The Uberization of E-Commerce

Most of us have used Uber, Lyft, or any other car ride sharing service in the past, or even food or grocery delivery services, and we took the service that we received for granted without thinking about how that happened or when did it this “digital disruption” start. Almost everything nowadays is being serviced to us in an “uber” way, many restaurants, grocery stores, and soon our daily coffee will be delivered to us via a “service-on-demand”.

Uber, or any other one of the services or companies mentioned in the book, are only a platform for users to use and benefit from. And users here are both the ones who are requesting the service, and the people who are actually delivering it (delivering people, food, coffee …etc.). I believe that we have not yet reached the top of the uberization era, but we will be hitting it soon.

As I mentioned briefly earlier, Uber’s business model is no ordinary e-commerce model. They don’t sell anything and only provide their app for their users to use. Each and every transaction is happening between the driver and the customer and Uber just takes a percentage of that transaction. With that, Uber is not responsible for anything that happens between the driver and the passenger since they are only the “messenger” here. Also, they don’t have to provide any sort of benefits to the drivers as they are not their employees but only “independent contractors”. I personally believe that this is one of the smartest business models of this modern time.

As we all know, there are two sides to every coin and this applies to Uber, Lyft, Doordash, or any other “uberized” services these days. Uber has been under fire for some time due to many claims by drivers for mistreatment, lack of process, and other state and local laws violations.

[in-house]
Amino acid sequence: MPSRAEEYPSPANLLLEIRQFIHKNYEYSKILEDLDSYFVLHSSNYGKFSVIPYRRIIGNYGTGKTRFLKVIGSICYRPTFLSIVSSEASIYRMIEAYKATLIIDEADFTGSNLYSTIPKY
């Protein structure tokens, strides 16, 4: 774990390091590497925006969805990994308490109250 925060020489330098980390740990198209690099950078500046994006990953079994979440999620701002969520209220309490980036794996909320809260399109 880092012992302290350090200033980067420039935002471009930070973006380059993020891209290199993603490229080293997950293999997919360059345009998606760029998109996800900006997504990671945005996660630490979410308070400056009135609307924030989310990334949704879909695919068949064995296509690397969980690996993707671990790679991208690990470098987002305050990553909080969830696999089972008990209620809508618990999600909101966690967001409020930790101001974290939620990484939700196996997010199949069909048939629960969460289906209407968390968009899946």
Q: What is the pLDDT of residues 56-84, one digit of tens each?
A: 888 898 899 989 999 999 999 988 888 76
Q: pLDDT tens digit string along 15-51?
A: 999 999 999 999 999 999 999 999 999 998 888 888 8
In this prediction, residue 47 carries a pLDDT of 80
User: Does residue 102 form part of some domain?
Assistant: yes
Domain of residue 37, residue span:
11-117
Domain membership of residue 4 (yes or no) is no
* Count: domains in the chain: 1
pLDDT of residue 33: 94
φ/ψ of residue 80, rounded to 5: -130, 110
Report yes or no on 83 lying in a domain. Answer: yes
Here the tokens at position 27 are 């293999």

Doordash, a food delivery service, and Instacart, a grocery delivery service, were both under fire recently for “stealing” their drivers’ tips. Those two companies were subsidizing the drivers tips and giving them only a percentage of what should’ve been 100% theirs. More details on that can be found here: https://www.nbcnews.com/business/business-news/why-instacart-doordash-workers-don-t-always-receive-tips-you-n965926   And here: https://www.washingtonpost.com/business/2019/07/24/doordash-change-its-controversial-tipping-policy-after-outcry/?noredirect=on 

Finally, critics are fearing that this new business model could expand to full-time jobs, where companies will hire people as “independent contractors” and not giving them any benefits. Personally, I’ve seen this happening already at a smaller scale, and my fear that this could expand more in the future.

Thanks! -Kais

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